While marble cutting boards are perfectly safe and easy to clean, why would anyone be willing to sacrifice their set of sharp knives by cutting into a stone? After all, marble is a STONE. Another disadvantage is that marble is heavy. However, you may want to keep one for sparse use during special occasions (hey, marble looks great) as it’s an excellent material for a platter – even allowing you to set pans and keeping them from scorching your table or countertop.

Here’s our scorecard for marble cutting boards:

So the next you are about to chop your veggies, meat, fruit and what not, keep this handy and choose wisely. You can scour through our entire range of cutting boards here and select your pick. Happy Chopping!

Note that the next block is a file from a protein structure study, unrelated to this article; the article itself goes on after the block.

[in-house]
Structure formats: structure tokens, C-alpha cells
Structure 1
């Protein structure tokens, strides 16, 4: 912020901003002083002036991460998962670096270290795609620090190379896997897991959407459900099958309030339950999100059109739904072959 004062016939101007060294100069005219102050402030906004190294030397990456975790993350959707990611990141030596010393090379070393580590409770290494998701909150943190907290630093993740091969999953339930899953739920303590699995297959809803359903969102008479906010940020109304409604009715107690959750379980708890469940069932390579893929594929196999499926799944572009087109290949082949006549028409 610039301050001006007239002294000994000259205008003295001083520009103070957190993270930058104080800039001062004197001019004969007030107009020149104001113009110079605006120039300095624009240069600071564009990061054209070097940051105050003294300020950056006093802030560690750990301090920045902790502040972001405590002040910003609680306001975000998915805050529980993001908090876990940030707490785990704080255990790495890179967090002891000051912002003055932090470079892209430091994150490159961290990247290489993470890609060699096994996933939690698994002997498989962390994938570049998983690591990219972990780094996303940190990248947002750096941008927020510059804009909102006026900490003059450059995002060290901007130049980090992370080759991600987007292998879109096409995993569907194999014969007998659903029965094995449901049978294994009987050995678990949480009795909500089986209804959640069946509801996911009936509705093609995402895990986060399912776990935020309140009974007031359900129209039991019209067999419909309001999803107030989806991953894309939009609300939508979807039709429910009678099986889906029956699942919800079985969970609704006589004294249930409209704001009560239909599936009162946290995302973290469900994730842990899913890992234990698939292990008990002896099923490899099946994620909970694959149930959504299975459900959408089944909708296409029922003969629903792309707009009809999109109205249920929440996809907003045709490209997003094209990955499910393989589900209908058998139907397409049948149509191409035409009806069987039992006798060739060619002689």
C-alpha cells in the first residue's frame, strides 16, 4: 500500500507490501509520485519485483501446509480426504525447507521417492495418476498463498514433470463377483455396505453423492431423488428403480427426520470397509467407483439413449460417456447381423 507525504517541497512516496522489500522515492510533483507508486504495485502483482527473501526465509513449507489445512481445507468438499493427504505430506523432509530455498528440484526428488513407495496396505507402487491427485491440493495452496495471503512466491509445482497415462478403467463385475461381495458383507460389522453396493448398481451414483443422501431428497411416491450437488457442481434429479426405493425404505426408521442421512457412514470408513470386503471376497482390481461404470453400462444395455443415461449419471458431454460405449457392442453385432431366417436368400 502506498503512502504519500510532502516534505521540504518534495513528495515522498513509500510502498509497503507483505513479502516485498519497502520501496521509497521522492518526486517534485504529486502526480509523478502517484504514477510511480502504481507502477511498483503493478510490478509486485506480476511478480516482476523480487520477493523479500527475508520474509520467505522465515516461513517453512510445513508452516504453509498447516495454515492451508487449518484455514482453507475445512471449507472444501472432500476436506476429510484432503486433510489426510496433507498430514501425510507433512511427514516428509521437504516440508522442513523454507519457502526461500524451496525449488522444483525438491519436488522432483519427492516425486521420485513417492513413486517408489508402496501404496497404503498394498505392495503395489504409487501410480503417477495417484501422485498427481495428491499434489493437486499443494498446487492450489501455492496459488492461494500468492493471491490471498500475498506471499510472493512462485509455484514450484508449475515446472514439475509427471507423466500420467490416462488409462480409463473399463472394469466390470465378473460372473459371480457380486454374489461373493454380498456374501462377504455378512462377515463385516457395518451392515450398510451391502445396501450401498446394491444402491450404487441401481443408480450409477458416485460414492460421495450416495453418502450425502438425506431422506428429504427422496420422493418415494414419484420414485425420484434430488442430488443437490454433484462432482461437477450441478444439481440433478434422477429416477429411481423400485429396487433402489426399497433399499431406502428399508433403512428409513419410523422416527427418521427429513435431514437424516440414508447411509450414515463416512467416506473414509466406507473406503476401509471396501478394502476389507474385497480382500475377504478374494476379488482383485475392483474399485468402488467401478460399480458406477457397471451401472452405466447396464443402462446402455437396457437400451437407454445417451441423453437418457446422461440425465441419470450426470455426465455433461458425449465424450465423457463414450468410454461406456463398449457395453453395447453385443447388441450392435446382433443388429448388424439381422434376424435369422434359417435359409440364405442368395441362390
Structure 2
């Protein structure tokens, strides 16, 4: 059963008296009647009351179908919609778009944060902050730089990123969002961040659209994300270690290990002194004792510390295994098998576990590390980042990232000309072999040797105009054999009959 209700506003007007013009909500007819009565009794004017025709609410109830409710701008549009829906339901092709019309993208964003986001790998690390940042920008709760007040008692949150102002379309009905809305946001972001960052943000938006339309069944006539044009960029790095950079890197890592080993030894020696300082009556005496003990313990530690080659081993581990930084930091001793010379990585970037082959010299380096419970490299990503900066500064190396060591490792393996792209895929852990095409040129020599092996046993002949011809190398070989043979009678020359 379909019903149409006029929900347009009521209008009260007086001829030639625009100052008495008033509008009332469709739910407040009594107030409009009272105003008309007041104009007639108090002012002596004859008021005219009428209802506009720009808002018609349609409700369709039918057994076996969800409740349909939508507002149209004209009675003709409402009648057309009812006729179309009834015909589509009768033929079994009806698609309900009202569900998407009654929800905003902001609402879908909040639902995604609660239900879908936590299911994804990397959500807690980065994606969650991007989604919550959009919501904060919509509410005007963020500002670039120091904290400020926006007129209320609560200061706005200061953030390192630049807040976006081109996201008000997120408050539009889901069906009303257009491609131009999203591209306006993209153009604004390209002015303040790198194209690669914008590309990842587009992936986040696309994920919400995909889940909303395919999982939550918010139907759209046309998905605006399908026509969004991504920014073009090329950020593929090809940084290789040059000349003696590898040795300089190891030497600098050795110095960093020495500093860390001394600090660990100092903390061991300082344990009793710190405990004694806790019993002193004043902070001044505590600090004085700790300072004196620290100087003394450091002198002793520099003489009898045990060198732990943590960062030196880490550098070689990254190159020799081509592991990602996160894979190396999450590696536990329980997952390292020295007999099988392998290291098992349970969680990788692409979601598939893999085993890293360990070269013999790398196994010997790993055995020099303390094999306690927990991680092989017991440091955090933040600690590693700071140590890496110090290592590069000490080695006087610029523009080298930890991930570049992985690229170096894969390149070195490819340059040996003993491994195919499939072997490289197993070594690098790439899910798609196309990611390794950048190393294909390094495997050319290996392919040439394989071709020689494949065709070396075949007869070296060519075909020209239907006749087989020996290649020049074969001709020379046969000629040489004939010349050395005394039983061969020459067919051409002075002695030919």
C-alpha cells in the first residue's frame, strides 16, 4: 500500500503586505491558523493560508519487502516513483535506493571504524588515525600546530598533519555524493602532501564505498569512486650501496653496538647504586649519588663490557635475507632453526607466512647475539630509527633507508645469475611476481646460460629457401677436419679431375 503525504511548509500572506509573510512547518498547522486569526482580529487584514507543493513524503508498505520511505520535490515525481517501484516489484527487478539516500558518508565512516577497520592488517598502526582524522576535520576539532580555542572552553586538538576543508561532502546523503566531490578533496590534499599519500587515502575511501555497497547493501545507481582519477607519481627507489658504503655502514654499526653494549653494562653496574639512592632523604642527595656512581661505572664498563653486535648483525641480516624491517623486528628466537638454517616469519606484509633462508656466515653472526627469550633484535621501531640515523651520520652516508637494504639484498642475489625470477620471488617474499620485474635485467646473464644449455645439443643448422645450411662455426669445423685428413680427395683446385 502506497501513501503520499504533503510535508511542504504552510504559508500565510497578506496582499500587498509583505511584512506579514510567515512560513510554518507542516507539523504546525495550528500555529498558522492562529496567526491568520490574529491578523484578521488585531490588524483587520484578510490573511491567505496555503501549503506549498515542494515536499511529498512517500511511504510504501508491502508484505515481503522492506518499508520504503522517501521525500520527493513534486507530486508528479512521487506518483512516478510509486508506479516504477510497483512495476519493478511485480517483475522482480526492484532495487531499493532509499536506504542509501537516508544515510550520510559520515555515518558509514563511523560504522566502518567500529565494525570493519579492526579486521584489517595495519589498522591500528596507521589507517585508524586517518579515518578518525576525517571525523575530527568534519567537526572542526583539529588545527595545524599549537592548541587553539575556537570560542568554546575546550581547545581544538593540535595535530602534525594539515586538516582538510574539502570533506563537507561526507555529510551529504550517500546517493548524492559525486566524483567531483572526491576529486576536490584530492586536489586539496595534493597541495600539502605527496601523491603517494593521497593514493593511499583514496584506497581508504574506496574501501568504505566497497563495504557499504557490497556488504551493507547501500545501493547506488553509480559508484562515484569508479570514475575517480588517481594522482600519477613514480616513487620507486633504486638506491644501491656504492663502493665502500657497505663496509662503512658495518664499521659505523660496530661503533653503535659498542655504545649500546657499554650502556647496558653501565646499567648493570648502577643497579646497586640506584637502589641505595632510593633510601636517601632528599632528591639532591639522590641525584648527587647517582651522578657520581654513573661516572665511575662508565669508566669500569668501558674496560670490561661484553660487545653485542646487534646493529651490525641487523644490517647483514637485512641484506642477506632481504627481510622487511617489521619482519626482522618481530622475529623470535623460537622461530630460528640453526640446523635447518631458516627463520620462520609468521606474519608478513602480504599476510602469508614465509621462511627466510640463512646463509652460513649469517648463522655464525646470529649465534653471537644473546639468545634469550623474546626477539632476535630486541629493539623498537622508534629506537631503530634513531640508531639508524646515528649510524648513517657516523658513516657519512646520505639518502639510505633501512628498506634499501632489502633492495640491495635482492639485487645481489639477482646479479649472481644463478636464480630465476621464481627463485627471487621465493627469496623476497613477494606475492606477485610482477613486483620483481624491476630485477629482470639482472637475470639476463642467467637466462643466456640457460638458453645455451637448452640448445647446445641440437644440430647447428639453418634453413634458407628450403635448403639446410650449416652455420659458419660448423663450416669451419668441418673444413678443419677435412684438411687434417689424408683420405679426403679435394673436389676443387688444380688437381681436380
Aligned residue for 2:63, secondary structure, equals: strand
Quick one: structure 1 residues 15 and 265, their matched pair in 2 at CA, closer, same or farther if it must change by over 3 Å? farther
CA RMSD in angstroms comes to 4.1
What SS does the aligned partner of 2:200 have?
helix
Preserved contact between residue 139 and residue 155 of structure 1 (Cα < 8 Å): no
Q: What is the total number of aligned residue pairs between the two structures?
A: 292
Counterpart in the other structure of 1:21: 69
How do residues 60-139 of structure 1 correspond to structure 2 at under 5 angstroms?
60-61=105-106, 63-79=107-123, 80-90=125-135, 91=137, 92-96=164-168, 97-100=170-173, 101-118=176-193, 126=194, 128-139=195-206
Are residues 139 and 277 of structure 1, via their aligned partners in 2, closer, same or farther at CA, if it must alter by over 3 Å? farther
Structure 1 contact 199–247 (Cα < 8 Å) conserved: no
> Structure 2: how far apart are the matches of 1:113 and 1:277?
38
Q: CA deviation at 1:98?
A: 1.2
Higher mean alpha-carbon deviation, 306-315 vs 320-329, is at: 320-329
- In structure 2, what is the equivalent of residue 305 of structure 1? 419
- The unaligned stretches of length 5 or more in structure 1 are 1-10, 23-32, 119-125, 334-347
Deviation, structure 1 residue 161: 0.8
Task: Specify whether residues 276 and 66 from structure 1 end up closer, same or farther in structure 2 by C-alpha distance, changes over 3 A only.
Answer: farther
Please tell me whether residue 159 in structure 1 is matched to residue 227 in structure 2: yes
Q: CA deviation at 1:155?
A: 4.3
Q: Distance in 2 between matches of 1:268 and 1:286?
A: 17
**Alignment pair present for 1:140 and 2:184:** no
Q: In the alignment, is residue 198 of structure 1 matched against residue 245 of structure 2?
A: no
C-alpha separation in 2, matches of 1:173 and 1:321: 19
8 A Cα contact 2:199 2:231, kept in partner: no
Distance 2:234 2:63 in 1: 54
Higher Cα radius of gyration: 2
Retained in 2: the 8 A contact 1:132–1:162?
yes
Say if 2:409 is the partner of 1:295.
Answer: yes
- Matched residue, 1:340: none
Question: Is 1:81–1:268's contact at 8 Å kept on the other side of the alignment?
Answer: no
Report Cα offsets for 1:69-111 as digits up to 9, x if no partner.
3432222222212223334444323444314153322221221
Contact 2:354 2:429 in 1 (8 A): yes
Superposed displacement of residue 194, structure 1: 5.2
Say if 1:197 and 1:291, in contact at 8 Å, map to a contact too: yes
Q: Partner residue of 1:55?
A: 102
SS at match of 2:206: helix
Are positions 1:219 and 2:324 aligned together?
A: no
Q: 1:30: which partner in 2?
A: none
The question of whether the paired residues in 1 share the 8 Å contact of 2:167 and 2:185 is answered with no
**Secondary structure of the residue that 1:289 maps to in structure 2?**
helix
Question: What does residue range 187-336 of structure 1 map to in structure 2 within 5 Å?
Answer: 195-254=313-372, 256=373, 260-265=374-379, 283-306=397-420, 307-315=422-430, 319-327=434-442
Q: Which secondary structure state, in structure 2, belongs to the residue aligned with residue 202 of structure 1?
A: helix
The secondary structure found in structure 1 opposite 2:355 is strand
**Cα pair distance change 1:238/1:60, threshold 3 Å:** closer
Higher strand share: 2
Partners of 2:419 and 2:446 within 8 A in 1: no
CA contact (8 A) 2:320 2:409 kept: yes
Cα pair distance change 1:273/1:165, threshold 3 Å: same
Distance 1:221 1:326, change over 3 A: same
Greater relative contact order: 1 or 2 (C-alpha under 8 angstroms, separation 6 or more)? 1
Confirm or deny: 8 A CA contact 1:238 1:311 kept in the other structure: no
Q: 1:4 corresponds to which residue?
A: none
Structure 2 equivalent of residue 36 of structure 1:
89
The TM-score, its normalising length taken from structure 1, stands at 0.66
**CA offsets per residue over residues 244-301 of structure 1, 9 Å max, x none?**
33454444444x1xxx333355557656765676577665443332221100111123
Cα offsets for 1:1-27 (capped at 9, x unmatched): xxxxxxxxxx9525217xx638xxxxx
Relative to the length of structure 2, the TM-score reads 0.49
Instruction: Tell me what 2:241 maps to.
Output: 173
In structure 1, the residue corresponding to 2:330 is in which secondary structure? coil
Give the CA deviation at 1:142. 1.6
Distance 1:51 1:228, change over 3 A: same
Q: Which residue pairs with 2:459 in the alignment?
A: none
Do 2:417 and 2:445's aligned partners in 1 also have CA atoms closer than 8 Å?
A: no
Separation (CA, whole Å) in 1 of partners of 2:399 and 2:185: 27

Avinash Subramaniam

Avinash has been an advertising writer, fiction writer, poetry writer, freelance writer and serial wronger. Other roles he has been in include those of an editor, brand builder, and teacher. His interests include advertising, scrabble, body building, chess, cinema, making money, reading, internet culture, cricket, photography. To hear him air his thoughts, follow him on Twitter @armchairexpert.